In regular microchips, work is performed via the movement of electrons within the chip. Thanks to the recent creation of the thinnest-ever LEDs, however, such chips may one day be able to use light instead of electrons, saving power and reducing heat. Of course, those LEDs could also just be used as a really flat form of lighting, in any number of applications.

Created at the University of Washington, the two-dimensional LEDs are just three atoms thick, yet they're still mechanically strong. Regular LEDs take a three-dimensional form, and as such are 10 to 20 times thicker.

They're made from flat sheets of the molecular semiconductor tungsten diselenide. Those sheets are themselves created via a process much like that in which graphene is produced by peeling layers of carbon off of pieces of graphite, using adhesive tape.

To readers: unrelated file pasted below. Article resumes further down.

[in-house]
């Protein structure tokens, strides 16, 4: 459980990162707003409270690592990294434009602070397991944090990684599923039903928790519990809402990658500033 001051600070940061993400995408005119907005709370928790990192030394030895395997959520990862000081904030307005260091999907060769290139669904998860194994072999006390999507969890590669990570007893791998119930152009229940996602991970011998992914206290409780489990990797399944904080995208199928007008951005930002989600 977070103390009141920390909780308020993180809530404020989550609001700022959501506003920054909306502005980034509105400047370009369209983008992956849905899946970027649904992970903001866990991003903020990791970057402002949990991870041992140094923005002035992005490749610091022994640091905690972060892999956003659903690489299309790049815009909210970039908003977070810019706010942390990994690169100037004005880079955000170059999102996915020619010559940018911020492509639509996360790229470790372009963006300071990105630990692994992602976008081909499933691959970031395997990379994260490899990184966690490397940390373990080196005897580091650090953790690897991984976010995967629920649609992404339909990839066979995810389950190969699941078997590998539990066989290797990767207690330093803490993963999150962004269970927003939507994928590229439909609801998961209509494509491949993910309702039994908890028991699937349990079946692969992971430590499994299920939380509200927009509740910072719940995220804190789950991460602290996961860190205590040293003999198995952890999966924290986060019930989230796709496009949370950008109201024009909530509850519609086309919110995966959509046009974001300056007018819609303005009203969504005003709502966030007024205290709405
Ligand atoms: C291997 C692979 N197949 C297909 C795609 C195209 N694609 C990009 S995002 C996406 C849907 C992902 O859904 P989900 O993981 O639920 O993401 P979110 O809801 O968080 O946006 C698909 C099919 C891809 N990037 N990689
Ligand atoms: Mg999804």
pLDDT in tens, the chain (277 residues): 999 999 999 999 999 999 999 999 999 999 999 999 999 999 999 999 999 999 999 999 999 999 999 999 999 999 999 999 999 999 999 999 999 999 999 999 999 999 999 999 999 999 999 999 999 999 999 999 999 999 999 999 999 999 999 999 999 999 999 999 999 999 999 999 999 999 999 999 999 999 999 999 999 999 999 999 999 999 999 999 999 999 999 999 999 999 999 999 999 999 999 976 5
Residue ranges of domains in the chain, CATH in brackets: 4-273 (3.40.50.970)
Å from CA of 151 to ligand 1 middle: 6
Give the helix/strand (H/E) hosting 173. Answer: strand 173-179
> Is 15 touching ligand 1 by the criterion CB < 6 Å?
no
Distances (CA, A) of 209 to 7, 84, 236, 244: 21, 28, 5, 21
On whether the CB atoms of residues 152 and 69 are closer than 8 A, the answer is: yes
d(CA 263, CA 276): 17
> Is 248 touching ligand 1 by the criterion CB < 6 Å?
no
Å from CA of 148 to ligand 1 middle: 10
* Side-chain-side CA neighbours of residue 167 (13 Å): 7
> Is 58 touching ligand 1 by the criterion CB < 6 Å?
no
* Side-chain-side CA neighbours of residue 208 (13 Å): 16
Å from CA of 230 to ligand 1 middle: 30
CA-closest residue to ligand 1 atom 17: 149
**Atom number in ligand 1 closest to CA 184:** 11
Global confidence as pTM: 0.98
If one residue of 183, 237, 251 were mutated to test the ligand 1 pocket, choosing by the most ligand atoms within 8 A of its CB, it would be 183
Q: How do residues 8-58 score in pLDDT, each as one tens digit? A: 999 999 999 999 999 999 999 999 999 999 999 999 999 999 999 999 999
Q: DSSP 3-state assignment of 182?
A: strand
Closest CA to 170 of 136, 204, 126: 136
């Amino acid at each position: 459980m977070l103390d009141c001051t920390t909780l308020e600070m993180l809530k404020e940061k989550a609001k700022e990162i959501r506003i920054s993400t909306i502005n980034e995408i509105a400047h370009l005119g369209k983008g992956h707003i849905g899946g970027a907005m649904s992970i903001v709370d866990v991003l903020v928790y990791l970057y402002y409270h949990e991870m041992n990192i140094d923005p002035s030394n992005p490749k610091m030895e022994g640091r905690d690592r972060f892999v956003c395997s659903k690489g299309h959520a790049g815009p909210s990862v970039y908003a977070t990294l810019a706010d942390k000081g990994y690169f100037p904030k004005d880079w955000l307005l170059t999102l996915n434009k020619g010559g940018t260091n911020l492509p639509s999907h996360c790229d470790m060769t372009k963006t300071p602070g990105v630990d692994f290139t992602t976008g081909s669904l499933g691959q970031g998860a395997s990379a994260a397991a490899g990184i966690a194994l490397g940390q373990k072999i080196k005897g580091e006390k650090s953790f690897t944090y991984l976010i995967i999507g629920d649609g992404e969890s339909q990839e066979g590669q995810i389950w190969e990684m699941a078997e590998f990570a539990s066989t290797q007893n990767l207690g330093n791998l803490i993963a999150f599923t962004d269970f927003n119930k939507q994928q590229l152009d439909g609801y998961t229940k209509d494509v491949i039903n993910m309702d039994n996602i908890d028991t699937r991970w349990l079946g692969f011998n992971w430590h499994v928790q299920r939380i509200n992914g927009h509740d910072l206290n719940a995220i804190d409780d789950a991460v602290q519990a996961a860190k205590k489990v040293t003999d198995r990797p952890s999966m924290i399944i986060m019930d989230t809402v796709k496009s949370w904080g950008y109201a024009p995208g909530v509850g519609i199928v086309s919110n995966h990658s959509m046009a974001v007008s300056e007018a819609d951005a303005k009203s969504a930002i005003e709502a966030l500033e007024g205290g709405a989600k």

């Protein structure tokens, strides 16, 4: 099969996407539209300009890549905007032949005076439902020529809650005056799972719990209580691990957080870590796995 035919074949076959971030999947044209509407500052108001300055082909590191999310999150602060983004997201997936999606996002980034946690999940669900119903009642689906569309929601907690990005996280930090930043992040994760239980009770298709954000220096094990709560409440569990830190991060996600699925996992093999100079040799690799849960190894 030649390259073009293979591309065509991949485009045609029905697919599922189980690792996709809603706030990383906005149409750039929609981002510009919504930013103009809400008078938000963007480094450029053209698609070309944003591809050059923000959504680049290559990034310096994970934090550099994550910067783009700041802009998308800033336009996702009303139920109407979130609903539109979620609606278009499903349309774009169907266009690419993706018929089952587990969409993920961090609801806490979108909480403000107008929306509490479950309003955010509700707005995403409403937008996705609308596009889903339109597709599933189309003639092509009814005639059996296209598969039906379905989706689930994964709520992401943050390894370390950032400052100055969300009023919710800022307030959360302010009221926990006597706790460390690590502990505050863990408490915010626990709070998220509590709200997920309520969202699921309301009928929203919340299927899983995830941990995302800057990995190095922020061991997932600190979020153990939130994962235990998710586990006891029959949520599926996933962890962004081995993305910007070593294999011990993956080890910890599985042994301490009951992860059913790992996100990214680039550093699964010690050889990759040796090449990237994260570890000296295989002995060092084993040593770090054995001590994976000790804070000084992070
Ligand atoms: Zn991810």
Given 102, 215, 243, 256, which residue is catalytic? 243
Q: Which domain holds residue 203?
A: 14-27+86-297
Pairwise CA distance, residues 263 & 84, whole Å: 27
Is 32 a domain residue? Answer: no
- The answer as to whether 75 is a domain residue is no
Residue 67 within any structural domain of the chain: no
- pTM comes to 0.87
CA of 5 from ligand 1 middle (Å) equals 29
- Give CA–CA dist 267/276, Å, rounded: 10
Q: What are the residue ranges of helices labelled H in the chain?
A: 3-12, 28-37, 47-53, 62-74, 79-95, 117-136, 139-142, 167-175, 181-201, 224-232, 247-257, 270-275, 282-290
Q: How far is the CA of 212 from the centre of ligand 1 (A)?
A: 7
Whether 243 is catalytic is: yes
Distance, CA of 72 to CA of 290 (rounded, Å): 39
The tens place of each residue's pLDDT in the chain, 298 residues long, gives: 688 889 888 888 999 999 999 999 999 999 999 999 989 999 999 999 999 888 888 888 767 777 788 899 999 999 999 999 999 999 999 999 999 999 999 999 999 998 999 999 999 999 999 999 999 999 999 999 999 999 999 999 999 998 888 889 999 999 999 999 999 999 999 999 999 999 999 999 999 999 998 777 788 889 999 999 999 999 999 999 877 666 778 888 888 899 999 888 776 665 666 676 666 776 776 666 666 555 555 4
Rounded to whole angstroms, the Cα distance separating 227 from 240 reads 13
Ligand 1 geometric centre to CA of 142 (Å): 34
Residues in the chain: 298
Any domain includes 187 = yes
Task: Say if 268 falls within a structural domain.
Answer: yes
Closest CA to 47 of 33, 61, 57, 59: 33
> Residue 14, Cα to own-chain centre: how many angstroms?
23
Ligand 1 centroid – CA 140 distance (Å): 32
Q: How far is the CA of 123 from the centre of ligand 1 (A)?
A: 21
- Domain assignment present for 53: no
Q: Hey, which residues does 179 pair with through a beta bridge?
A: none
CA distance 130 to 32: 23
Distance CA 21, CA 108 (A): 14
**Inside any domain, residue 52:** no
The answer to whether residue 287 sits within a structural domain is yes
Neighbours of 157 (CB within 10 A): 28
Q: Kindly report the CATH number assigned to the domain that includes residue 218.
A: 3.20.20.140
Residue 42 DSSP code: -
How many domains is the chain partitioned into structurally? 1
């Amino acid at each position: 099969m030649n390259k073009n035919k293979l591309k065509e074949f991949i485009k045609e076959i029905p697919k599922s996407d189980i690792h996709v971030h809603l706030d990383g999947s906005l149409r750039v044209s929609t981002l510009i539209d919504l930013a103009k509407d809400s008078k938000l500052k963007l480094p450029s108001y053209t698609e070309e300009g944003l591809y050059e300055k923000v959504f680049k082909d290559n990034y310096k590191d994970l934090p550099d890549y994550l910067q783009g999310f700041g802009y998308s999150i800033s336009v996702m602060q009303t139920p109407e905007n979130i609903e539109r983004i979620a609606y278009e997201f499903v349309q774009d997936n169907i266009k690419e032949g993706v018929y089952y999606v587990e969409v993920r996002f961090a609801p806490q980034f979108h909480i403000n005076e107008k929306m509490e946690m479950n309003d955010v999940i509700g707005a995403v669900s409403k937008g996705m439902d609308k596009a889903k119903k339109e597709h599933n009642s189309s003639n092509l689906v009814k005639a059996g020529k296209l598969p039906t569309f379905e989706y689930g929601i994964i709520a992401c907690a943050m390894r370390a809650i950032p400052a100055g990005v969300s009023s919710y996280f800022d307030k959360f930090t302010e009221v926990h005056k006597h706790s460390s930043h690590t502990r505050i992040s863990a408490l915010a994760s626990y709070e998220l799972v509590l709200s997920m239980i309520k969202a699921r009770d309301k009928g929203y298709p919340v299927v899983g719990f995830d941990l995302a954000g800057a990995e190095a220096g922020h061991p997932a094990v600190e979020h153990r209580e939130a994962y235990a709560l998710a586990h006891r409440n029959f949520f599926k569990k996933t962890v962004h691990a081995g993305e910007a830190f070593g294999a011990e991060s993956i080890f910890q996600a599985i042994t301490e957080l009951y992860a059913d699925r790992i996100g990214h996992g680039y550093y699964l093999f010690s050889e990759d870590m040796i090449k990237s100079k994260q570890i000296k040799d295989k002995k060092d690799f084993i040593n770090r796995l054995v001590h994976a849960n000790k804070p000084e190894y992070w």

"These are 10,000 times smaller than the thickness of a human hair, yet the light they emit can be seen by standard measurement equipment," said graduate student Jason Ross. "This is a huge leap of miniaturization of technology, and because it’s a semiconductor, you can do almost everything with it that is possible with existing, three-dimensional silicon technologies."

Ross worked with materials scientist Xiaodong Xu. A paper on their research was recently published in the journal Nature Nanotechnology.